B. The defendant in Case No. 77-5292, Blanchard L. Savant, entered a plea of guilty to the charge of unlawful possession of an unregistered firearm in violation of 26 U.S.C. §§ 5861(d) and 5871. Prior to sentencing, the trial judge ruled that a portion of the presentence investigation report would not be disclosed pursuant to Rule 32(c)(3)(A) of the Federal Rules of Criminal Procedure. The trial judge did permit the defendant's attorney to inspect the remaining portion of the report and provided a summary of the information contained in the undisclosed segment of the presentence investigation report as required by subsection (c)(3)(B) of Rule 32. This defendant's contentions on appeal deal solely with the degree of disclosure permitted by the trial judge.

II. MERITS

A. The Automobile Search

5

The defendant Woody contends that the search of his automobile by the border patrol agent was conducted in violation of the Fourth Amendment to the United States Constitution because the agent lacked probable cause to effect such a search. The defendant argues that the government failed to establish that the agent possessed the superior skill or knowledge required to detect the odor of marijuana. Specifically, the defendant contends that the trial court committed reversible error in not excluding the testimony of the agent who detected the odor of marijuana because the agent failed to adequately describe the odor or enumerate the qualitative basis of his conclusion that the odor which he detected at the time of the stop was indeed the odor of marijuana.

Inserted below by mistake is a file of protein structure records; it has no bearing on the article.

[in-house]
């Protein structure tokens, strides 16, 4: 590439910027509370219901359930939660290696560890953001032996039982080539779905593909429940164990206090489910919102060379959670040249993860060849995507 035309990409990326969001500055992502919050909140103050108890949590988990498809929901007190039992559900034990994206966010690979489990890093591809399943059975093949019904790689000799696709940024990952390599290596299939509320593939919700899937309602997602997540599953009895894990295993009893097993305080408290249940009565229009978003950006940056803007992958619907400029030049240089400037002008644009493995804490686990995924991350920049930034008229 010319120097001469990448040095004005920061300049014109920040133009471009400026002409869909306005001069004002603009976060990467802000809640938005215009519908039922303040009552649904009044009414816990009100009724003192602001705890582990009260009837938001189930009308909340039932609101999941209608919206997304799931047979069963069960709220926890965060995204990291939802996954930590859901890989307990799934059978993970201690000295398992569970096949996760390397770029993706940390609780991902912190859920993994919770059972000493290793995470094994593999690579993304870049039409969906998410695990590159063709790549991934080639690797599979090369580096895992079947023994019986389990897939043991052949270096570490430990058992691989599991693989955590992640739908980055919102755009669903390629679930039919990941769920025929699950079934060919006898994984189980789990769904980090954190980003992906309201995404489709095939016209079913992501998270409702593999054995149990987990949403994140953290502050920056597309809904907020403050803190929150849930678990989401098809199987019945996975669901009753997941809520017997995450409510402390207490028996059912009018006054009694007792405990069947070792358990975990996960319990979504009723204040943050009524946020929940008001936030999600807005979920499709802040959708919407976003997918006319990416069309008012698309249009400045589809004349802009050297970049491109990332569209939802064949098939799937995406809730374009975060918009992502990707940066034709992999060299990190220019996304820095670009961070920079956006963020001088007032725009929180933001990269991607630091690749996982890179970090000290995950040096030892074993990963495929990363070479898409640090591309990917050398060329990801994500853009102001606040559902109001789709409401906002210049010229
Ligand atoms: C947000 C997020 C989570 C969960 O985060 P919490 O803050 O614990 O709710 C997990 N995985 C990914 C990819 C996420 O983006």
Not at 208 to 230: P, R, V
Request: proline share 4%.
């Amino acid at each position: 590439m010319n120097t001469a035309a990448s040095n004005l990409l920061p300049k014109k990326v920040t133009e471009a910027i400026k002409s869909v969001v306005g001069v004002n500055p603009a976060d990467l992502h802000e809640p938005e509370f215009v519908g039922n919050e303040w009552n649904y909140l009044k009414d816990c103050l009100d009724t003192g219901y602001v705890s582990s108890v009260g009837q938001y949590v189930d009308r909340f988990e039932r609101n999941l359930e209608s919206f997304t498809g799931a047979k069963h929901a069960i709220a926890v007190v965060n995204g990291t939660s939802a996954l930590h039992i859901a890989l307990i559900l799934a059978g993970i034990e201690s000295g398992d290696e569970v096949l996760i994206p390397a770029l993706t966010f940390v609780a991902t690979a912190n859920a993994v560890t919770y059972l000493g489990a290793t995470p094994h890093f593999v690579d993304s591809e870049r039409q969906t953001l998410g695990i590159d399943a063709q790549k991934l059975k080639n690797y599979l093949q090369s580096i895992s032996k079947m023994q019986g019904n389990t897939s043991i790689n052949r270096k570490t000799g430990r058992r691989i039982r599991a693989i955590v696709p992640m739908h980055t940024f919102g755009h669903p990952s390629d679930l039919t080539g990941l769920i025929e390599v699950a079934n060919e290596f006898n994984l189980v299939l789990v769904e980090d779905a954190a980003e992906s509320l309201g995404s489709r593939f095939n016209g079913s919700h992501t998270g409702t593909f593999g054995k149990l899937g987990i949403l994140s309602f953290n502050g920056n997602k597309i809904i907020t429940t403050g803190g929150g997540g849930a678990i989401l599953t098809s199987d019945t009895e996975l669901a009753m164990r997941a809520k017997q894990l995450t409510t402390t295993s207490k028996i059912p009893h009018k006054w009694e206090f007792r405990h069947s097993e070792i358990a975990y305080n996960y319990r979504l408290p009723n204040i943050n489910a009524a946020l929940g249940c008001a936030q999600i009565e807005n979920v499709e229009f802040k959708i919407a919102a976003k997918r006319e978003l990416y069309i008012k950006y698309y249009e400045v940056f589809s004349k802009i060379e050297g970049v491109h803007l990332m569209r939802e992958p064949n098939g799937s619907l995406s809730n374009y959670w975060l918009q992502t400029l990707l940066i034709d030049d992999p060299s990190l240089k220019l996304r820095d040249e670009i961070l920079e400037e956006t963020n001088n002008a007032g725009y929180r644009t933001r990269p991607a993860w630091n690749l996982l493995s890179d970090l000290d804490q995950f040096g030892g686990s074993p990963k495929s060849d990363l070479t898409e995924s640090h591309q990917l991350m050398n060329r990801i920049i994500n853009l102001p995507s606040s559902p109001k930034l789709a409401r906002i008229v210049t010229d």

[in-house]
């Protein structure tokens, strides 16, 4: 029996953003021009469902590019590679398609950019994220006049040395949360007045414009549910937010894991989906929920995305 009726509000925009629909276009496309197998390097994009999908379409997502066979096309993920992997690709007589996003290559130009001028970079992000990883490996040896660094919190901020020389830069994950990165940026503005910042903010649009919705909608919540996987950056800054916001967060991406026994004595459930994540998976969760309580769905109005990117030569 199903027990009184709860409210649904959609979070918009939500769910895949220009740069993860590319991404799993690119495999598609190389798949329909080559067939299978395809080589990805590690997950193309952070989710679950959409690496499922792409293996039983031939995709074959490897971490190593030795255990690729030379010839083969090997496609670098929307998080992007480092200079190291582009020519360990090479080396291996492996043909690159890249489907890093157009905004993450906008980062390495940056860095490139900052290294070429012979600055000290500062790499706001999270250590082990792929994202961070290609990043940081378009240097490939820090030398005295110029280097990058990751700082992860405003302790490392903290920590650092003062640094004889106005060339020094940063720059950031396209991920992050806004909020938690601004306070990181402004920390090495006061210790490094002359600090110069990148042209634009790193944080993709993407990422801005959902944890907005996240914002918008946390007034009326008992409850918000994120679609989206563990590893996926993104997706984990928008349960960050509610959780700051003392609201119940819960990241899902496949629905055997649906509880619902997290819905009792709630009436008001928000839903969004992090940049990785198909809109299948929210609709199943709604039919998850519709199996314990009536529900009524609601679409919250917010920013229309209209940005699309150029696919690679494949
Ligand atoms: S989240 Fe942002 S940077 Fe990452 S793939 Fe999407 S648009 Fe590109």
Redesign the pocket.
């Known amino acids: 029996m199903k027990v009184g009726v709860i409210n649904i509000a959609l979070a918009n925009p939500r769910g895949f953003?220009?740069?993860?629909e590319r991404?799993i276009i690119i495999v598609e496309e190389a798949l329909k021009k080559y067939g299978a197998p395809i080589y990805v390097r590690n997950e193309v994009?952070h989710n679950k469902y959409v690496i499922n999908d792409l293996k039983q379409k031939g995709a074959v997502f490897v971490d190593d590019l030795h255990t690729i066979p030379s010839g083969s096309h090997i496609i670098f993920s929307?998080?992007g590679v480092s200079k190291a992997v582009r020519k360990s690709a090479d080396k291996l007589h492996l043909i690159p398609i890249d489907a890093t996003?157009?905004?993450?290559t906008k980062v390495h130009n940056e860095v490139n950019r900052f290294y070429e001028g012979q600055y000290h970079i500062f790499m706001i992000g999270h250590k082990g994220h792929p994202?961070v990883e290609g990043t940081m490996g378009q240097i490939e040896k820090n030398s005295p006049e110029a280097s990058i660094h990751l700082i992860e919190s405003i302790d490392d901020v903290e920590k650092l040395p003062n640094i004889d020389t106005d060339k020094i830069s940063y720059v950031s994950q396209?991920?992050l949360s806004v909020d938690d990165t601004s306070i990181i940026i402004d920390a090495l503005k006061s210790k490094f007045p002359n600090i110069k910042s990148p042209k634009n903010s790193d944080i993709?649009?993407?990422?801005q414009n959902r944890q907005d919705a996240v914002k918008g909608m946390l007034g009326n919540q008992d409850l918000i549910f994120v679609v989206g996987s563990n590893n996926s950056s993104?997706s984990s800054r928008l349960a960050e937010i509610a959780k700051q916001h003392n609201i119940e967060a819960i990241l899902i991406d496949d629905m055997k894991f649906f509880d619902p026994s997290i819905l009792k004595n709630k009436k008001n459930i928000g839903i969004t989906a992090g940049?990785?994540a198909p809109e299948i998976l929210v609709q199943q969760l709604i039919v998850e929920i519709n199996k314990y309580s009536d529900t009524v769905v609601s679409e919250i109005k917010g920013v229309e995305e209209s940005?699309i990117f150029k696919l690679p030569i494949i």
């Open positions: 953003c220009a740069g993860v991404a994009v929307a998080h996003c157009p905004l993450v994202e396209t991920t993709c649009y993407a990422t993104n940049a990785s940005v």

6

At the outset, we note that the government has not contended in brief or in oral argument that the permanent checkpoint3 located approximately seven miles south of Falfurrias, Texas, is the functional equivalent of the border. Of course, if it were established that the permanent checkpoint in question is the functional equivalent,4 the defendant's automobile could be searched without probable cause.5

7